On May 15, Russian journalist Oleg Blokhin released more photos showing the remains of a DIY unmanned aerial vehicle (UAV), which was shot down while it was attempting to attack Syrian Arab Army (SAA) positions in northern Hama a day earlier.
The UAV, which is made of wood, aluminum, styrofoam and plastic, is identical to the type used in many attacks on the Russian Hmeimim airbase during last year.
However, the new photos revealed that the UAV has a compartment behind its diesel engine where steel balls were glued to the frame. This type of steel balls is typical used by terrorist groups as the shrapnel elements in explosive vests and improvised-explosive device (IED).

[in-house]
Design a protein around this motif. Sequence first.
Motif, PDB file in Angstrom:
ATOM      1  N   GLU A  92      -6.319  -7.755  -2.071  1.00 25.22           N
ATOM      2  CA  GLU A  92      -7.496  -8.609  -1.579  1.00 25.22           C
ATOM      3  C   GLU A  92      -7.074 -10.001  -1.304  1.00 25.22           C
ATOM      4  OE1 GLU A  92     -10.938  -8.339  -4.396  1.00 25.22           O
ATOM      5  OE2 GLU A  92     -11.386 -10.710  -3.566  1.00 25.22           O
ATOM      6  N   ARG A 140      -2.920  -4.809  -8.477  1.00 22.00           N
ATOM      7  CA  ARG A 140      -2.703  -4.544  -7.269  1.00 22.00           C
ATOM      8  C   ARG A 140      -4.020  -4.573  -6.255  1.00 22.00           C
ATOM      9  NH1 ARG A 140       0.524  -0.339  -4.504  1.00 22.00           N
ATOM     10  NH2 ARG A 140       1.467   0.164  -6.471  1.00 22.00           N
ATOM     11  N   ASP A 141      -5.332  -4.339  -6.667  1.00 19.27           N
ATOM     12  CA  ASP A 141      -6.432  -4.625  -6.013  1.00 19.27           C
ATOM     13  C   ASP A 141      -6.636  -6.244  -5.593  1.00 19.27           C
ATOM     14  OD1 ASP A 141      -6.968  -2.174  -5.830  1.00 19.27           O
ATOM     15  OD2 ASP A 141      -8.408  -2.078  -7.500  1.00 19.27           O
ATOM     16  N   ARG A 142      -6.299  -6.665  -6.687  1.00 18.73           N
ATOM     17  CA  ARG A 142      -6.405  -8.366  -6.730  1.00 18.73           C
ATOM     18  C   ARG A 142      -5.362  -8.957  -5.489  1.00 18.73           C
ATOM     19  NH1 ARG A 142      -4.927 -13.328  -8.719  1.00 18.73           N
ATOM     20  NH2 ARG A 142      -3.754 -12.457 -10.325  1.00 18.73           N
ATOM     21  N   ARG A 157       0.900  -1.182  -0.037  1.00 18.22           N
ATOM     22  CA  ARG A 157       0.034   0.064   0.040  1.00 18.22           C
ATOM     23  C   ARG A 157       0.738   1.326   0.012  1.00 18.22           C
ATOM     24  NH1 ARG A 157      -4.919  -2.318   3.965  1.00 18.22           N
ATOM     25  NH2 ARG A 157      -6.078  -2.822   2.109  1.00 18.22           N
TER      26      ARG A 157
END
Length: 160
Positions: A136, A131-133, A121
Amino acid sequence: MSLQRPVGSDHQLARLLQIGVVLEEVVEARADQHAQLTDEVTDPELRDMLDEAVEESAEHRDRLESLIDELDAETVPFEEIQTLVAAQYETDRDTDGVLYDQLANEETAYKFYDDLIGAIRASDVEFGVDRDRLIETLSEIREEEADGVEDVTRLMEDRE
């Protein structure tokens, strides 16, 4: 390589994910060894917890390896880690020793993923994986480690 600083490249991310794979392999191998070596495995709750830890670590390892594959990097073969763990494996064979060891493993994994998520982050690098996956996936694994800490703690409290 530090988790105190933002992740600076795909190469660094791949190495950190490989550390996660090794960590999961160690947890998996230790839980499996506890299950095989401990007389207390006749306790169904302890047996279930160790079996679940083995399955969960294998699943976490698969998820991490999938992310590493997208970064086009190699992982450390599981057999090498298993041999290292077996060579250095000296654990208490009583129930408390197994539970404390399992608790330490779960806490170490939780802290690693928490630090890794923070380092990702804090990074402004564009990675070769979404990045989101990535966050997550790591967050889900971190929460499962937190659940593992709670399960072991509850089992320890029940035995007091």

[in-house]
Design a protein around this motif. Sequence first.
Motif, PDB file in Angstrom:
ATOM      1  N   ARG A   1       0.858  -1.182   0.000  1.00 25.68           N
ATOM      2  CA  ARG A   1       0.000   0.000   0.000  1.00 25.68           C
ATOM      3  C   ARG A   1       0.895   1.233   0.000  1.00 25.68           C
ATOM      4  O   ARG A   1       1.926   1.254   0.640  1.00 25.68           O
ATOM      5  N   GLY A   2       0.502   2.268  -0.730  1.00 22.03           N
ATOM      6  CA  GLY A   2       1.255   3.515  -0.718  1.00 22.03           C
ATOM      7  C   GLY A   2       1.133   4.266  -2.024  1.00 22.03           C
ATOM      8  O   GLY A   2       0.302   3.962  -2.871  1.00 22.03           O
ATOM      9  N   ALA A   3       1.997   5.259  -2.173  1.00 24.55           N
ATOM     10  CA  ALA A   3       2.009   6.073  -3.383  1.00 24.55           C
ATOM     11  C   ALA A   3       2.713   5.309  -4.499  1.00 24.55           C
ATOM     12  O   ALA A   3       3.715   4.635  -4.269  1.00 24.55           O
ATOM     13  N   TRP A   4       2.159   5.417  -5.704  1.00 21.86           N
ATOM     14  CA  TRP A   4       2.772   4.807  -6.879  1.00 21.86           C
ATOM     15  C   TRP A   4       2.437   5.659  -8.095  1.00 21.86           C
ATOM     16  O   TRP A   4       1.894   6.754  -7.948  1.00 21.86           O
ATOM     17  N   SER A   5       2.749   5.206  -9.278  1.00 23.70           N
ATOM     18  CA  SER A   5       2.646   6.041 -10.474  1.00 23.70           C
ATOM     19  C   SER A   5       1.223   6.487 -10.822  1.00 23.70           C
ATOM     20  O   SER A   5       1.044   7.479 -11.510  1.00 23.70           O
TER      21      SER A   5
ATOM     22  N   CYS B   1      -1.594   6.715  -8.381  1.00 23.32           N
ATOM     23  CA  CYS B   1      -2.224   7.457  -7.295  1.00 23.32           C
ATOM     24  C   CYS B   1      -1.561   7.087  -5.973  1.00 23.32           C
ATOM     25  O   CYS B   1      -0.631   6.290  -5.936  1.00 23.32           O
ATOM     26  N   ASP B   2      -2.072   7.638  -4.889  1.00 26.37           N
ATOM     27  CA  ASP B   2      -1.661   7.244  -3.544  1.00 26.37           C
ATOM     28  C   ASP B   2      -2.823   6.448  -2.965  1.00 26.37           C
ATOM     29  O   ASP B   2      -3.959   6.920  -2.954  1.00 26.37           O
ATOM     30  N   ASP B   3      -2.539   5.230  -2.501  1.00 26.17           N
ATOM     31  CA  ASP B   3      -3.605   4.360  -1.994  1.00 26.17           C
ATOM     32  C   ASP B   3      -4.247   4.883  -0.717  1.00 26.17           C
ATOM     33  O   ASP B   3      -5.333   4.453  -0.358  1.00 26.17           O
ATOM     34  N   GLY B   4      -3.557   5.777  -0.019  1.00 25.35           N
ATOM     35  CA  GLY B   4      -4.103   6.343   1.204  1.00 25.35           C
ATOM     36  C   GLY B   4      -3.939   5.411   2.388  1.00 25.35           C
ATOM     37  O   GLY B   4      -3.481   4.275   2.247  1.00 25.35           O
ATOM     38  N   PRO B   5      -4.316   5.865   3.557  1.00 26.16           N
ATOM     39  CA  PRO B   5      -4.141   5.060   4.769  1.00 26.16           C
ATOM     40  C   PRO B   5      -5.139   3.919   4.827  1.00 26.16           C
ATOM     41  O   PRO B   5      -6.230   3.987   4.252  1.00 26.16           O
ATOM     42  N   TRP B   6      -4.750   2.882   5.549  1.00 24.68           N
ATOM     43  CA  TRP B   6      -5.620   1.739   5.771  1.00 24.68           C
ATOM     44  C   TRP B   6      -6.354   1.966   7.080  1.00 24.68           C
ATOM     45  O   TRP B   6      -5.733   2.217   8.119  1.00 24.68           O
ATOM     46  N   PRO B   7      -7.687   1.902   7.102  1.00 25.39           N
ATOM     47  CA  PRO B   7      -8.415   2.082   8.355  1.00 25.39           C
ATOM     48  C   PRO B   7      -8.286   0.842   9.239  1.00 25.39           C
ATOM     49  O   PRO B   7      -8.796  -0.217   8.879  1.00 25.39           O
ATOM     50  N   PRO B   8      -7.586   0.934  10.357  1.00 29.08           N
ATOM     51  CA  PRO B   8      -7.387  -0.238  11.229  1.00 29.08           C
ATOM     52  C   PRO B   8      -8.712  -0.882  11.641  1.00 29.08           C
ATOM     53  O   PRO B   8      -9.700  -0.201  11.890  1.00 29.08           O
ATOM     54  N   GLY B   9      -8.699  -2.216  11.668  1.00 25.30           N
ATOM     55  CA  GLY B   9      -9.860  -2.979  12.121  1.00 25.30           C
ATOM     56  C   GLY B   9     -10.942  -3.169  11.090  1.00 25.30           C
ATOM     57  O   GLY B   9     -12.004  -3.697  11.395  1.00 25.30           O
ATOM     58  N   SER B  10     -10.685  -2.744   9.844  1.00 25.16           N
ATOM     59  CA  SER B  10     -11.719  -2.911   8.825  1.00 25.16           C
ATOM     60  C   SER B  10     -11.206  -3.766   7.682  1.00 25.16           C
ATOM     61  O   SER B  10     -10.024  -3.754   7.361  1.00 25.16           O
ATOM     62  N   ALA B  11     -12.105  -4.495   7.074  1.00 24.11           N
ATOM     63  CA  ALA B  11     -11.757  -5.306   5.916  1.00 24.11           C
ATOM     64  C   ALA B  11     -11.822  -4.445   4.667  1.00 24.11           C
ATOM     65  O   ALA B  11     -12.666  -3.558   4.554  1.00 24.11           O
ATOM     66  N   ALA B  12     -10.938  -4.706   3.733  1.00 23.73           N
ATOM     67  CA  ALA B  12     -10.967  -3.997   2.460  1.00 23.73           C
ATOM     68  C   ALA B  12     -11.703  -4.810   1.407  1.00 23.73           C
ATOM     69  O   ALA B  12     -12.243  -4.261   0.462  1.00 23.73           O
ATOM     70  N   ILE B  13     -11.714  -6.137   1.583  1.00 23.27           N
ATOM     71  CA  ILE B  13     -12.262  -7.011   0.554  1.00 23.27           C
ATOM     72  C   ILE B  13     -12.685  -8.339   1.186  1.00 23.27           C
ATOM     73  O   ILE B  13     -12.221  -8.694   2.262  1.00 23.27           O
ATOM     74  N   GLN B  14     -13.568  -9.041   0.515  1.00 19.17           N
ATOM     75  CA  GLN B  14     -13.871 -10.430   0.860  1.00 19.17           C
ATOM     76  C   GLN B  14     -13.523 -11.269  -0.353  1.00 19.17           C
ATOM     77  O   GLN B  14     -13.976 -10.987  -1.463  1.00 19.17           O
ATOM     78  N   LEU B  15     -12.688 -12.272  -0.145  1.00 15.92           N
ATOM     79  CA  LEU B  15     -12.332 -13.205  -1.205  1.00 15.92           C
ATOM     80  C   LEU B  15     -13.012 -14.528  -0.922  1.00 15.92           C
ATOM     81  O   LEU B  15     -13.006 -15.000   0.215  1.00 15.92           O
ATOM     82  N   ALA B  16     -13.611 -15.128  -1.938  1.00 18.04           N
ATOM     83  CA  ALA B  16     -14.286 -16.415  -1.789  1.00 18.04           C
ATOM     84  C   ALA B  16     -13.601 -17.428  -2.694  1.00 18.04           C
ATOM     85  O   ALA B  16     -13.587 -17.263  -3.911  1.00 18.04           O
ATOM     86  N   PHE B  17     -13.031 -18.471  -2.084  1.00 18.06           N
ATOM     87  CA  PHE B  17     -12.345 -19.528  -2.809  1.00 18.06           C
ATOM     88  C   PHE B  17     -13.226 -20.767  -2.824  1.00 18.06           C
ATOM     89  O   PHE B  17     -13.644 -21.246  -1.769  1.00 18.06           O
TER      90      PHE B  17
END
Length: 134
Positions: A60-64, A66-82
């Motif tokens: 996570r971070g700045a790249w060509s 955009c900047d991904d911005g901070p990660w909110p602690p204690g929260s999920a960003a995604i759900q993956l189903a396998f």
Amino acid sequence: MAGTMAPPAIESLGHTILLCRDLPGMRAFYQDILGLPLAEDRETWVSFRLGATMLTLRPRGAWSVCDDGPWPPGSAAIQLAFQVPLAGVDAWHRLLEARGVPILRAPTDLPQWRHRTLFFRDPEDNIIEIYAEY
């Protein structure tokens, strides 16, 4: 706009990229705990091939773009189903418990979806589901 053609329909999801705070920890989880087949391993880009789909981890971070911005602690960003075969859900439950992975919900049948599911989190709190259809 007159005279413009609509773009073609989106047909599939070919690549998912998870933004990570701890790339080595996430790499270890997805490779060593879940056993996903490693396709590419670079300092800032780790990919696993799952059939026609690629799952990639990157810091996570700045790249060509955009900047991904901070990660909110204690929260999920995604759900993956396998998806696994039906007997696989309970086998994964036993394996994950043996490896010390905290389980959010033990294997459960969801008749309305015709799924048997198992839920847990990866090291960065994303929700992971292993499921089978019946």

The presence of these steel balls suggests that an explosive charge was installed right behind the engine. This could mean that this type of UAVs was re-designed to attack its target by crashing directly into it, or by exploding over it.
The original DIY UAVs used by Syrian militants were armed with several locally-made small projectiles equipped with mortar impact fuses. The UAVs would drop these projectiles over their target and then try to return to their operators or simply crash.
Blokhin’s new photos show that the militants have re-designed their UAVs, likely as a result of the failure of their recent attacks. This change from “armed UAVs” into “suicide UAVs” will not likely make any difference, as these primitive UAVs are already vulnerable to jamming and air-defense fire.